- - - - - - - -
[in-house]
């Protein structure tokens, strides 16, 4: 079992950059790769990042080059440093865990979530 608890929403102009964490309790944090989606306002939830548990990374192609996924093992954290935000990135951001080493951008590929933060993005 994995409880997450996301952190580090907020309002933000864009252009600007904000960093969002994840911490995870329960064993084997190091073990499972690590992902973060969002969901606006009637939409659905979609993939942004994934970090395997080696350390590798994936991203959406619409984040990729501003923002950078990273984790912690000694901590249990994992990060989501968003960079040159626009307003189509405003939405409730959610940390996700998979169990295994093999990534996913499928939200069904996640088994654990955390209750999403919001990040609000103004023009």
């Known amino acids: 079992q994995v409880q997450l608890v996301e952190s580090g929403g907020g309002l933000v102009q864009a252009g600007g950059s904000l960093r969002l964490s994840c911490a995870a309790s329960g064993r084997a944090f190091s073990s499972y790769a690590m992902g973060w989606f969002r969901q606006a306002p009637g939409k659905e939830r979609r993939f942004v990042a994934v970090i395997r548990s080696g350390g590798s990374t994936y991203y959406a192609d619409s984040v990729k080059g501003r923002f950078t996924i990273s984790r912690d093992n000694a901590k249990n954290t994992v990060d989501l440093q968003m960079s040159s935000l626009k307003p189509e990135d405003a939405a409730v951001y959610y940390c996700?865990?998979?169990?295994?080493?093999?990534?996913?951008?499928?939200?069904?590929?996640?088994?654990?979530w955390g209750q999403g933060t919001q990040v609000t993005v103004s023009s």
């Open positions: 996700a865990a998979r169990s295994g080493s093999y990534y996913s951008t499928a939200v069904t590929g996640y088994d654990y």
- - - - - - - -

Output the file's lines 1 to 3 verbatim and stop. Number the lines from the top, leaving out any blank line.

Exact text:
[in-house]
């Protein structure tokens, strides 16, 4: 079992950059790769990042080059440093865990979530 608890929403102009964490309790944090989606306002939830548990990374192609996924093992954290935000990135951001080493951008590929933060993005 994995409880997450996301952190580090907020309002933000864009252009600007904000960093969002994840911490995870329960064993084997190091073990499972690590992902973060969002969901606006009637939409659905979609993939942004994934970090395997080696350390590798994936991203959406619409984040990729501003923002950078990273984790912690000694901590249990994992990060989501968003960079040159626009307003189509405003939405409730959610940390996700998979169990295994093999990534996913499928939200069904996640088994654990955390209750999403919001990040609000103004023009």
């Known amino acids: 079992q994995v409880q997450l608890v996301e952190s580090g929403g907020g309002l933000v102009q864009a252009g600007g950059s904000l960093r969002l964490s994840c911490a995870a309790s329960g064993r084997a944090f190091s073990s499972y790769a690590m992902g973060w989606f969002r969901q606006a306002p009637g939409k659905e939830r979609r993939f942004v990042a994934v970090i395997r548990s080696g350390g590798s990374t994936y991203y959406a192609d619409s984040v990729k080059g501003r923002f950078t996924i990273s984790r912690d093992n000694a901590k249990n954290t994992v990060d989501l440093q968003m960079s040159s935000l626009k307003p189509e990135d405003a939405a409730v951001y959610y940390c996700?865990?998979?169990?295994?080493?093999?990534?996913?951008?499928?939200?069904?590929?996640?088994?654990?979530w955390g209750q999403g933060t919001q990040v609000t993005v103004s023009s």